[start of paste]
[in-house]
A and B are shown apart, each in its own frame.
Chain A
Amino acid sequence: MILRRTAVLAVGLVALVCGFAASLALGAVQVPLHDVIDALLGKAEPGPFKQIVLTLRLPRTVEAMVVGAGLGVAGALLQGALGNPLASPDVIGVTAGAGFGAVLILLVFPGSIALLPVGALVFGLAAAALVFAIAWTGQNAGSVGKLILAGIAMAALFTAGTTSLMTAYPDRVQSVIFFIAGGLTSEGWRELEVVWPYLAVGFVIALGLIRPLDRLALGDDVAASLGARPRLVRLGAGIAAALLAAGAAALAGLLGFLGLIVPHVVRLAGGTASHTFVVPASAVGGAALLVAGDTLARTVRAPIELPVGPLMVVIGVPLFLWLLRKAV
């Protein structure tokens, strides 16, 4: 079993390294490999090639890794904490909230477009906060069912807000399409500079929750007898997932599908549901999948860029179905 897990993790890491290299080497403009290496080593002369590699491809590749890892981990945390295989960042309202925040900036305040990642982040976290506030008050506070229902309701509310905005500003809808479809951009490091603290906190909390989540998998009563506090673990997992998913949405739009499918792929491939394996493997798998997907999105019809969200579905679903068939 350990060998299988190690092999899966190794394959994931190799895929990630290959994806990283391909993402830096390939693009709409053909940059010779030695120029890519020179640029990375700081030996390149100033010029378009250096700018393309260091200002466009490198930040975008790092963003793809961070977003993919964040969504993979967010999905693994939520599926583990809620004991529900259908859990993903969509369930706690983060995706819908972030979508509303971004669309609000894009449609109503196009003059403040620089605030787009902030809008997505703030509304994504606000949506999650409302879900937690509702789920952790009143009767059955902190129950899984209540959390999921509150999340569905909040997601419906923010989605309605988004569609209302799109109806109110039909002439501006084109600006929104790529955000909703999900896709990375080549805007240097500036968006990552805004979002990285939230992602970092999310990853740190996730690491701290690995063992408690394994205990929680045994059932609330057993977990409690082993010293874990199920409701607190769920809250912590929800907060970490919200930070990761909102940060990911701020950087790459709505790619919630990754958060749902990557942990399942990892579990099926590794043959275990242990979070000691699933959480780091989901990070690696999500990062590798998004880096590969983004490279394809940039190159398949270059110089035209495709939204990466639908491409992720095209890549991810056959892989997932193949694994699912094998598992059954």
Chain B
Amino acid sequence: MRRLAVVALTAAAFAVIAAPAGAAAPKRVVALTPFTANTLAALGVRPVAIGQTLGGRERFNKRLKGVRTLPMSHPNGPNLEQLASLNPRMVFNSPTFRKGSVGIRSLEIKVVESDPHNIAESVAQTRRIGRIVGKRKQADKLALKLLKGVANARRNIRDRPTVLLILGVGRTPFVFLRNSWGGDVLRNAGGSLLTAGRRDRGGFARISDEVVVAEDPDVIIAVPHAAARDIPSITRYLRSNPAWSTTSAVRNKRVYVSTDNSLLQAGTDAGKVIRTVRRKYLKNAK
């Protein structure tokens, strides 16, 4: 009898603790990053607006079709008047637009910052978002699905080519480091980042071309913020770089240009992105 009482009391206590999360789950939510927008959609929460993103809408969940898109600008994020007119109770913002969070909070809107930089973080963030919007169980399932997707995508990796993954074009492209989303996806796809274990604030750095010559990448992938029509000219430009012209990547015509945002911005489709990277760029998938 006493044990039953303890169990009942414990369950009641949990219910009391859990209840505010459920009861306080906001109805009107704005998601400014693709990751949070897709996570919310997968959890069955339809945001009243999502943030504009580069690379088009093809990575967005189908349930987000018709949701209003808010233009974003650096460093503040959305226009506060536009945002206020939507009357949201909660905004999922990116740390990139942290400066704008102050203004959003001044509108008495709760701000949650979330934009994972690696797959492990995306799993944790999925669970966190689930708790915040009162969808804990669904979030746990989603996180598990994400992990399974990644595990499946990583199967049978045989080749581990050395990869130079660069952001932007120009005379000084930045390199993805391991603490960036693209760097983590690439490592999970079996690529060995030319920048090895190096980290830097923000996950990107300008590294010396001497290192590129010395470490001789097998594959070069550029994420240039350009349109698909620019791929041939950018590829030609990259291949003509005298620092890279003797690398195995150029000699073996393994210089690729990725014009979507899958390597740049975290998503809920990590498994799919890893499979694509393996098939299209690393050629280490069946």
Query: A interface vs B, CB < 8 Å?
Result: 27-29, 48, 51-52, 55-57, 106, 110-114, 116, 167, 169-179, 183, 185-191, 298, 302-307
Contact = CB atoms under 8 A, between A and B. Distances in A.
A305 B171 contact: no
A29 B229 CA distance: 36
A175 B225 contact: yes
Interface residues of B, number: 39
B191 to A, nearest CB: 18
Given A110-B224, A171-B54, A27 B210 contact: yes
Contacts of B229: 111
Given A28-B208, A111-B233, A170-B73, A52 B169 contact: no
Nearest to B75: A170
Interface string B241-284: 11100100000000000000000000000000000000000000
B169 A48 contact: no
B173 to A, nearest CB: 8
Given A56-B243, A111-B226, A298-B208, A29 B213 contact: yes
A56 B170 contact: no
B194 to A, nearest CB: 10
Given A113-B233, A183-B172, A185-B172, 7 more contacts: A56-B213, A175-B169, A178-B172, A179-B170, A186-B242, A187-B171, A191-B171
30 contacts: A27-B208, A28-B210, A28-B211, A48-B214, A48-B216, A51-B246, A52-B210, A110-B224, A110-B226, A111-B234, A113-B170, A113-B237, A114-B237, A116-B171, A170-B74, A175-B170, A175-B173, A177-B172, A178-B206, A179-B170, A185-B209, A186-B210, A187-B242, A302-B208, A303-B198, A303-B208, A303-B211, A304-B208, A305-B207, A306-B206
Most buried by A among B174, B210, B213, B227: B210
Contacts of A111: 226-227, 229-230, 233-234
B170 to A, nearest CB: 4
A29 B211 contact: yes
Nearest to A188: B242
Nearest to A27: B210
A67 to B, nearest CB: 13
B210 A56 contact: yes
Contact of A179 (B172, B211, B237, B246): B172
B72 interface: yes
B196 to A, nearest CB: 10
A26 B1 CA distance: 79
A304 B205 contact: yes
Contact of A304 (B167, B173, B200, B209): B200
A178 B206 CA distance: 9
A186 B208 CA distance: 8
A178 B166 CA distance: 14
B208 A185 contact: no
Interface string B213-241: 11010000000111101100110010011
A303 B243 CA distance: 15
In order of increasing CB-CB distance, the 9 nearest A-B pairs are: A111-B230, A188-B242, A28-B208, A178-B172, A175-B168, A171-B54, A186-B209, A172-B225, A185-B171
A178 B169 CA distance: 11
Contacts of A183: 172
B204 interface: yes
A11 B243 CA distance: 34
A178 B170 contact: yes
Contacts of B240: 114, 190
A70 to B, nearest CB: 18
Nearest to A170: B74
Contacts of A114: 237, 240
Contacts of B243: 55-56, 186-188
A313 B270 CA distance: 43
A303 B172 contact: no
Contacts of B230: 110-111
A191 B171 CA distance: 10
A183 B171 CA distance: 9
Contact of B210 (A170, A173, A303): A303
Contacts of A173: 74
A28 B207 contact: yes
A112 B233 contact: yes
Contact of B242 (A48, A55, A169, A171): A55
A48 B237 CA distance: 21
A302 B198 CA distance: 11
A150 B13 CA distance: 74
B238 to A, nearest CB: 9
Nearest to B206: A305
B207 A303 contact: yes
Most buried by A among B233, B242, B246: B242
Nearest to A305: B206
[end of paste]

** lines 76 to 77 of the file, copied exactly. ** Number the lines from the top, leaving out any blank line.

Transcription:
Most buried by A among B233, B242, B246: B242
Nearest to A305: B206